Given the economic stagnation in the West, the tendency has been to regard Asia as the supplier of growth engines. Unfortunately China has reported a slowdown and now India is joining suit as the global crisis is depressing demands for Indian exports.
Indian manufacturing and export has contracted for the first time since 2009 and the Confederation of Indian Industry is warning of job losses unless the government takes action to tackle the economic retreat.
The gloomy picture is reflected by declines on the National Stock Exchange and the sorry performance of the Indian rupee. The Reserve Bank of India (RBI) was intervening in foreign exchange transactions to slow the decline of the rupee against the dollar, now that the latter has become a relative haven due to pessimism about the euro.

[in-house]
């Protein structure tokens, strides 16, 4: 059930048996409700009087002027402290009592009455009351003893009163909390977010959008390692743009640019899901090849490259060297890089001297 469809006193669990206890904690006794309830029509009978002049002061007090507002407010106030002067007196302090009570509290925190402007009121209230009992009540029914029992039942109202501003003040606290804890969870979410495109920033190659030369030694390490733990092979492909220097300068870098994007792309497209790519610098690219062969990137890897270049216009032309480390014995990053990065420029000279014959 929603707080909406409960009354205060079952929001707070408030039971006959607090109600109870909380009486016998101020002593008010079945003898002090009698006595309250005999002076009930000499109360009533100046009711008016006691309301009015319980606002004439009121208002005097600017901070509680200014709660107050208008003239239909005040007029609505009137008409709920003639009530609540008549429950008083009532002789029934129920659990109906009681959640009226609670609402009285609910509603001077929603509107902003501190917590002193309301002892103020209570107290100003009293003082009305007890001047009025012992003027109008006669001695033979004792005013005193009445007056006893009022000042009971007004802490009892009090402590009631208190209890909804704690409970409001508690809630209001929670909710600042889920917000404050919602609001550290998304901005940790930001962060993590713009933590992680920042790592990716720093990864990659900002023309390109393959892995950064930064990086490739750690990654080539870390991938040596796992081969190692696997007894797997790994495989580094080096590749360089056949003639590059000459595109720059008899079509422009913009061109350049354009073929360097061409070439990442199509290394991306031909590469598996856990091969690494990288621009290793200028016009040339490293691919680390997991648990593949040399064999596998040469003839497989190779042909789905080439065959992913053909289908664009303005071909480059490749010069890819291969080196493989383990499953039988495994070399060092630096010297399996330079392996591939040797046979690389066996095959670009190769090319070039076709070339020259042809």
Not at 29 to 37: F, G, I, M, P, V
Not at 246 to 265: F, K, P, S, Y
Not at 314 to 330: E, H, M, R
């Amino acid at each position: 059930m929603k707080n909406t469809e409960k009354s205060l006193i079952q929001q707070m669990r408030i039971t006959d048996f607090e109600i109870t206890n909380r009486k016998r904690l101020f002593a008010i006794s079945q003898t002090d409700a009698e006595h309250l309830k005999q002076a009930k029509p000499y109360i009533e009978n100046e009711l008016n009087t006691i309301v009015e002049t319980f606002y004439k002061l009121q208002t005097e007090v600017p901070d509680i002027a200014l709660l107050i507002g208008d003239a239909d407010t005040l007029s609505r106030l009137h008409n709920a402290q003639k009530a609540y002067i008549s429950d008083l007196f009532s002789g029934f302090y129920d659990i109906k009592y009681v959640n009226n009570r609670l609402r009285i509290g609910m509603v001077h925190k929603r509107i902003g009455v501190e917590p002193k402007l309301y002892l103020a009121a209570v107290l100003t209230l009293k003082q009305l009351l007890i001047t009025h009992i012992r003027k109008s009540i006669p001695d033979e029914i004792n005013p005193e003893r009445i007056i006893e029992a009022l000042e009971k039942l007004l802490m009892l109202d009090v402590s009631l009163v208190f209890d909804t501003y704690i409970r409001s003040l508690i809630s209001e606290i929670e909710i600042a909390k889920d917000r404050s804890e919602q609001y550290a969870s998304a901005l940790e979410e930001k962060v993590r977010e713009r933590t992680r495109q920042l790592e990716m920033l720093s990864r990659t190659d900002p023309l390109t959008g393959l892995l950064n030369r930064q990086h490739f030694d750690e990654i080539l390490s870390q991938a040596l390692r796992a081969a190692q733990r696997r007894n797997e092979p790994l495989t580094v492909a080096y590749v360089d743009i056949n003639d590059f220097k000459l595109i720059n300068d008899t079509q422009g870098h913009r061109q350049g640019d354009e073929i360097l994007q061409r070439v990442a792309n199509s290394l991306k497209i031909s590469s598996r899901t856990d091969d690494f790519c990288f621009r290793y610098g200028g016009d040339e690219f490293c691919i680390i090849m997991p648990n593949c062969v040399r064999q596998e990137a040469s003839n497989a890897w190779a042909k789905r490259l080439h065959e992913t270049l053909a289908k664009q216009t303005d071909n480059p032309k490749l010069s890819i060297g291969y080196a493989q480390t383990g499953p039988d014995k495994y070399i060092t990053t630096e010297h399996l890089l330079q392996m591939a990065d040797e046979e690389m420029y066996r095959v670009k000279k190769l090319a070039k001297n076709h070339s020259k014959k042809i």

The Indian industrialists are lobbying for a turnaround in government monetary policy. Since December 2010 inflation has remained over 9% prompting the RBI to raise interest 13 times in the hope of bringing inflation under control. The downside is that this raises the cost of borrowing and deters fresh investment, including in infrastructure that could offer a way of creating jobs if the slump proves to be prolonged.
On the other hand, economic experts are calling upon the bank to remain steadfast in its inflation taming policy because the federal and state governments cannot be counted upon to fight inflation, leaving the RBI fighting the anti-inflation war on its own.
If the above problems were not bad enough, the Indian trade deficit is increasing because it has now been discovered that India's glowing export figures were boosted by "misclassification and errors" to the tune of $9 billion. Exports are now running behind imports, another reason for the decline in the value of the rupee.
The discovery at least put an end to one mystery: “The global economy isn’t doing well, so it was hard to understand how India was posting such fantastic export numbers,” noted Indian economics researcher Biswajit Dhar. Mystery solved.